Finally, we will cover the advanced topics of "Profit & Loss Accounting" and "The Stock Market." As mainstream economics texts often utterly neglect profits and losses altogether, this will be a very "Austrian" treatment, in line with the importance Mises placed on economic calculation in his own writing. Finally, we will introduce students to the stock market, not (of course) with the aim of giving investment advice, but just to explain what the stock market is and the process by which stock prices move.
Structure of the Course
In a typical week of the course, I will give a live video broadcast on Thursday from 5:30–7:00pm Eastern time. I will spend the first 75 minutes lecturing on that week's material, and then I will field questions from students for the remaining 15 minutes. In addition, on Saturday I will have "office hours" at a varying time of day (in order to cater to different students each week), meaning that I will be available on a live video broadcast to answer questions from any students who tune in.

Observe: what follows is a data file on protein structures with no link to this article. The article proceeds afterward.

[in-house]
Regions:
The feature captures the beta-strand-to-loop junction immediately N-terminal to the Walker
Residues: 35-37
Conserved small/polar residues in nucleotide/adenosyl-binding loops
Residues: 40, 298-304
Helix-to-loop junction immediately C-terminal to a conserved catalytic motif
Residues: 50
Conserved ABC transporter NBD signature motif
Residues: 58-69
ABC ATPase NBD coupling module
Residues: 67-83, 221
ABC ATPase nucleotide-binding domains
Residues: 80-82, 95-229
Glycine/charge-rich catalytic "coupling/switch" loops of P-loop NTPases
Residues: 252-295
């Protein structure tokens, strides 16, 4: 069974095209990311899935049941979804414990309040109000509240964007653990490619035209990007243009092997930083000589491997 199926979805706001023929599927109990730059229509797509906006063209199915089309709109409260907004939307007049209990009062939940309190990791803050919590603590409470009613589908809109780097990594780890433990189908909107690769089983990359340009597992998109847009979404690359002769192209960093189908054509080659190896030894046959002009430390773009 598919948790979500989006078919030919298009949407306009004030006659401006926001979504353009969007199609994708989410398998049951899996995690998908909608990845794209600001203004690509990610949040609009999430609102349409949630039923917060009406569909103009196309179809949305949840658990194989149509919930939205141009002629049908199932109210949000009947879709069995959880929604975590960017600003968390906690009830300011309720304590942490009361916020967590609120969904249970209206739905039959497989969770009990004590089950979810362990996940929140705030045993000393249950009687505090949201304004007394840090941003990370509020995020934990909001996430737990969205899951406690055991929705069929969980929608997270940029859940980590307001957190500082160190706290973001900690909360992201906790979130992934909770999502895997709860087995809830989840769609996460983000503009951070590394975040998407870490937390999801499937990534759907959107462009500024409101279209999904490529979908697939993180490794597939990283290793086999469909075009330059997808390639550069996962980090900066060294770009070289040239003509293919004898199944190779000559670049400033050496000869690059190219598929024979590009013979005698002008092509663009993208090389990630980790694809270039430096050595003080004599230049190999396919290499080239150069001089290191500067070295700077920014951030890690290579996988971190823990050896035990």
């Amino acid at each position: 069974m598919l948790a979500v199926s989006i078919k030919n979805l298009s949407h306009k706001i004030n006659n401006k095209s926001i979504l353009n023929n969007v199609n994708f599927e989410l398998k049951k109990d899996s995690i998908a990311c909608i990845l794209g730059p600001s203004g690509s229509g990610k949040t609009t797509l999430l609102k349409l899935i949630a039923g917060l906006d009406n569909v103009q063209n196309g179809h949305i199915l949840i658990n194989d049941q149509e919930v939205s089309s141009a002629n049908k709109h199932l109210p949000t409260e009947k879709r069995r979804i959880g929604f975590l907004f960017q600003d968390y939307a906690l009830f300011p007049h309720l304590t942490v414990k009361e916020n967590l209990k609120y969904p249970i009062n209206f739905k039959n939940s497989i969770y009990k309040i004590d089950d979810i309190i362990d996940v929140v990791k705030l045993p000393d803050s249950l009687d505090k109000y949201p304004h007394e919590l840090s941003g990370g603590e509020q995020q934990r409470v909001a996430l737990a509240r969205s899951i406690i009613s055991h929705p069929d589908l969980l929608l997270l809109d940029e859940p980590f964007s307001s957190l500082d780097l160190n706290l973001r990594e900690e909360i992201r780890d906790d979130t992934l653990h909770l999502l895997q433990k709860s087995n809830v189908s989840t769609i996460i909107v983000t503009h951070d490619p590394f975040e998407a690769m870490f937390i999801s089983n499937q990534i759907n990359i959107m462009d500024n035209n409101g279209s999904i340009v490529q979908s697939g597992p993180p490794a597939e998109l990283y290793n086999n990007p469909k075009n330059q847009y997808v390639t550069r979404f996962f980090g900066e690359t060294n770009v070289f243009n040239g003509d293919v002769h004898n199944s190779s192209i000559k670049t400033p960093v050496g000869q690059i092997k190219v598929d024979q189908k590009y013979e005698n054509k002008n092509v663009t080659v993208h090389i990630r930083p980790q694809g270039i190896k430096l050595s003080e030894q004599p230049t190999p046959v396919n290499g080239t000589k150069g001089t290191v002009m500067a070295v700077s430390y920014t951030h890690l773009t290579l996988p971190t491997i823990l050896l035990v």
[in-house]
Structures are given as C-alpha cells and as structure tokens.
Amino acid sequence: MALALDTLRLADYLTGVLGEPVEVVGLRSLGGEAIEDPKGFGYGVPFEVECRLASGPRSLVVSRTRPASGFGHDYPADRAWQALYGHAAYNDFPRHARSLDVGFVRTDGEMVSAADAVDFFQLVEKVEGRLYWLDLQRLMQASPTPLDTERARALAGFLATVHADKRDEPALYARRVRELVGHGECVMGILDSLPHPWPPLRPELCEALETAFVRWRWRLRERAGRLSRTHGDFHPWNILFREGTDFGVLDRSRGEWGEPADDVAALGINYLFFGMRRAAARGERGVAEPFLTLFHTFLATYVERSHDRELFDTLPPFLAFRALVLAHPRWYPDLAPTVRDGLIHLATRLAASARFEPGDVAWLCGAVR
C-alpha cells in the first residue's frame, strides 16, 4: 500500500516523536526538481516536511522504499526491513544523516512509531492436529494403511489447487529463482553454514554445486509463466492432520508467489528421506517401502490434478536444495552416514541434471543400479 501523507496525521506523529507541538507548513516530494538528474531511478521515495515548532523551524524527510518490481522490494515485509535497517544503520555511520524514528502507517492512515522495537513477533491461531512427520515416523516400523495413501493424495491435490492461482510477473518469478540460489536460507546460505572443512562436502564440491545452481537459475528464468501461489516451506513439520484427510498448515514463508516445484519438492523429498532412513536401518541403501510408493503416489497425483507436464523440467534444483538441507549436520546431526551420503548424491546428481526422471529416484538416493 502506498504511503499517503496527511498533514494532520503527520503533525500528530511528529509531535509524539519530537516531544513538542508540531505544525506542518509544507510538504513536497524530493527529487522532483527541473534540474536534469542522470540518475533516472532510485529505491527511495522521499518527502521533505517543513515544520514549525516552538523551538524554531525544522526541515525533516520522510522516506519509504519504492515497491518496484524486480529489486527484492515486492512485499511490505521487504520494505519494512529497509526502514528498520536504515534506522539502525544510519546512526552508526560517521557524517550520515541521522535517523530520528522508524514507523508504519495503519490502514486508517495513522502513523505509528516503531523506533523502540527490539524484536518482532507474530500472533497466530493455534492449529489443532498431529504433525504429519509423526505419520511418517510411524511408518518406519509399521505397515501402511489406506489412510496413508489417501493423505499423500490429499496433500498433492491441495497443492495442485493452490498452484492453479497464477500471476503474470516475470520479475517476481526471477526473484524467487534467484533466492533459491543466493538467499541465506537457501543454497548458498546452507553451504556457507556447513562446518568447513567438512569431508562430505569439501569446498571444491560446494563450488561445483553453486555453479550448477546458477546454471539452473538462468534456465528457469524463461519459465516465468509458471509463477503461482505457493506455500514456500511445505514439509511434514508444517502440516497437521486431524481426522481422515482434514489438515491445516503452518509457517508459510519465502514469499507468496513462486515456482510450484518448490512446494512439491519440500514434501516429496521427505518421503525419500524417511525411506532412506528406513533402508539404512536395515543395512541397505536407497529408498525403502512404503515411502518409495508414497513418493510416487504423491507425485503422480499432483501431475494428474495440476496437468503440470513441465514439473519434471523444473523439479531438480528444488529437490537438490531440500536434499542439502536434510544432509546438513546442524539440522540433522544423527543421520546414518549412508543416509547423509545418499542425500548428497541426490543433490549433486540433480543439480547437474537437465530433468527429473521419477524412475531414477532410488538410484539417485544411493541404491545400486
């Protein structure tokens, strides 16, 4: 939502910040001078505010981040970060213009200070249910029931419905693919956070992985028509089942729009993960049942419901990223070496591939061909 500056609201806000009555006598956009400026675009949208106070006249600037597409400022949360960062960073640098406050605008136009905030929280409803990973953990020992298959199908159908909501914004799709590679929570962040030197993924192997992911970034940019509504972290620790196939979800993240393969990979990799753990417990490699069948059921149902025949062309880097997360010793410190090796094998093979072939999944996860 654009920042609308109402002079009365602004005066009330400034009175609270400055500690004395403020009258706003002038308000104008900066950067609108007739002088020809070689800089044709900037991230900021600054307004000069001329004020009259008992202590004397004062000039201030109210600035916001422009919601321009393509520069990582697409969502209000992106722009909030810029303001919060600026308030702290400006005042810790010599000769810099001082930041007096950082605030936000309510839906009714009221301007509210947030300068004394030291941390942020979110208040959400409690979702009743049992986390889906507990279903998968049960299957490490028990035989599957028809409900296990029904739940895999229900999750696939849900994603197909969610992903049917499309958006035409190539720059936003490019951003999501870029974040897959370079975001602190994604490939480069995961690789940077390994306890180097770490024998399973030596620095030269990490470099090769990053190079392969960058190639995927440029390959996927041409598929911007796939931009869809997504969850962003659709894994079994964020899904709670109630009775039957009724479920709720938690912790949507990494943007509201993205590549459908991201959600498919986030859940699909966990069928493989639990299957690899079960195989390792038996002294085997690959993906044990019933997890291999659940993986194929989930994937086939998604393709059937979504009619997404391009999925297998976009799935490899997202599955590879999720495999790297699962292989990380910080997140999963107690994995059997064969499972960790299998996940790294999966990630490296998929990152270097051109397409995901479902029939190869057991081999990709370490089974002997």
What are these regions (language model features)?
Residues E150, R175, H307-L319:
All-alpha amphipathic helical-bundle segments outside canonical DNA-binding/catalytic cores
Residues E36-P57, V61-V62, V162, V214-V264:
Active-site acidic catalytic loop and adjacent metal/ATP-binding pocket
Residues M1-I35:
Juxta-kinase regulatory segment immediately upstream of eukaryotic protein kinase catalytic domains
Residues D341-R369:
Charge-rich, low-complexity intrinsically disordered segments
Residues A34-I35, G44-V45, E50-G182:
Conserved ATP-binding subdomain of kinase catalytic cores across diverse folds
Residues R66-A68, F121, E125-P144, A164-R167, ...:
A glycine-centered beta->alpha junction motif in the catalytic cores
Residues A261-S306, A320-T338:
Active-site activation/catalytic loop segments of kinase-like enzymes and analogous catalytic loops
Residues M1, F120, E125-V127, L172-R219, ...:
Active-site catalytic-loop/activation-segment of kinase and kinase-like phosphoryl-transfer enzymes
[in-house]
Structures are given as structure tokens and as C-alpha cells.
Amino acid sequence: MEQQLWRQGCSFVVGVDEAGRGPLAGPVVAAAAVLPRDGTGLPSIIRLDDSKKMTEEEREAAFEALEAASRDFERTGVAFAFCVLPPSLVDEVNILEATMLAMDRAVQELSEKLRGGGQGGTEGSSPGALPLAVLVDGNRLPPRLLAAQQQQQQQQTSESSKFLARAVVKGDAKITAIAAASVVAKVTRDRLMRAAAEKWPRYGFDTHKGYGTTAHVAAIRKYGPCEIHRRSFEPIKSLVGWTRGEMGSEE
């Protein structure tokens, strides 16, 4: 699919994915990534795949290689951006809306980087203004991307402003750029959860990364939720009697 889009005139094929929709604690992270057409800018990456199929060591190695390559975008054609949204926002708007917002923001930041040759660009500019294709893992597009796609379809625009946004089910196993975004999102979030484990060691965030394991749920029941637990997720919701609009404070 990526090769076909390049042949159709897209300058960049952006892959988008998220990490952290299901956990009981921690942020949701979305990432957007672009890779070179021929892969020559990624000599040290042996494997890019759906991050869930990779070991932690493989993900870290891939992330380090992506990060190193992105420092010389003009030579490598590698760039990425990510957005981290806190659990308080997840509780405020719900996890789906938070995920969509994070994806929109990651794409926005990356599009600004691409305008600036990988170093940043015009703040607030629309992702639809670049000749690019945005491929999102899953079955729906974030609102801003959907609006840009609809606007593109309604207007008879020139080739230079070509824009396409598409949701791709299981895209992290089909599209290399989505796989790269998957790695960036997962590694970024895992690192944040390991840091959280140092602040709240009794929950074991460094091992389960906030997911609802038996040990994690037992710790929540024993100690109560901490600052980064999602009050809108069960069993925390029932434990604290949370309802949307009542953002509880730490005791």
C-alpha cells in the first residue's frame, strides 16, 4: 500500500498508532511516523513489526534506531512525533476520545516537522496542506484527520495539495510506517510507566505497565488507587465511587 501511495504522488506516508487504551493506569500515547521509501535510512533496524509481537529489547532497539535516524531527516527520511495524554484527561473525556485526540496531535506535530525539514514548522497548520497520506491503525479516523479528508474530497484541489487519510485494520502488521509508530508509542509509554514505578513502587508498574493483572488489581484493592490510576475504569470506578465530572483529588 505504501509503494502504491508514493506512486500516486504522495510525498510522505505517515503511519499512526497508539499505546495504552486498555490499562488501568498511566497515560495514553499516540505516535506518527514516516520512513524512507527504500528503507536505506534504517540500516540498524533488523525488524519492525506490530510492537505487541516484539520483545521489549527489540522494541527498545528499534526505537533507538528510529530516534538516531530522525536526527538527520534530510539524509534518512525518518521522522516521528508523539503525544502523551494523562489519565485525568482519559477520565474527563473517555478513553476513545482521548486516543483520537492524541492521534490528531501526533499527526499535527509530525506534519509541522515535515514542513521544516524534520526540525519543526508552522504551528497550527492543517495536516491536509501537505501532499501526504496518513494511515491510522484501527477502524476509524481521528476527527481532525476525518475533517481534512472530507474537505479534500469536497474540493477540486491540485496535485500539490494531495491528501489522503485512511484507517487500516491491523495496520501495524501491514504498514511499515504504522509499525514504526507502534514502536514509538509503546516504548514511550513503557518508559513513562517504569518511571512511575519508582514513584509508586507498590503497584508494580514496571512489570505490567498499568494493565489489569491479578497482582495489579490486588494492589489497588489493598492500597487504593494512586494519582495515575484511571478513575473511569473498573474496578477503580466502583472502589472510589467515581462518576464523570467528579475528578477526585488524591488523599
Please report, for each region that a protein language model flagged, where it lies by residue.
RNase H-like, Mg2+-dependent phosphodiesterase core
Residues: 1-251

Note that the Saturday sessions are purely for the students' convenience, and are not mandatory. Also, all broadcasts will be recorded and available to enrolled students, so that people who have a scheduling conflict can still take the class if they wish.
If a student wishes, he or she can simply "audit" the class. This has been a popular option for many adults who take Mises Academy classes to watch the lectures but, because of their work schedules, can't keep up with the reading.
However, students may also take the class for a grade. These students will take a multiple-choice quiz each week, in addition to a midterm and final exam. Although the Mises Institute is not accredited, we will present certificates of completion and a formal grade at the end of the class to those students who desire it.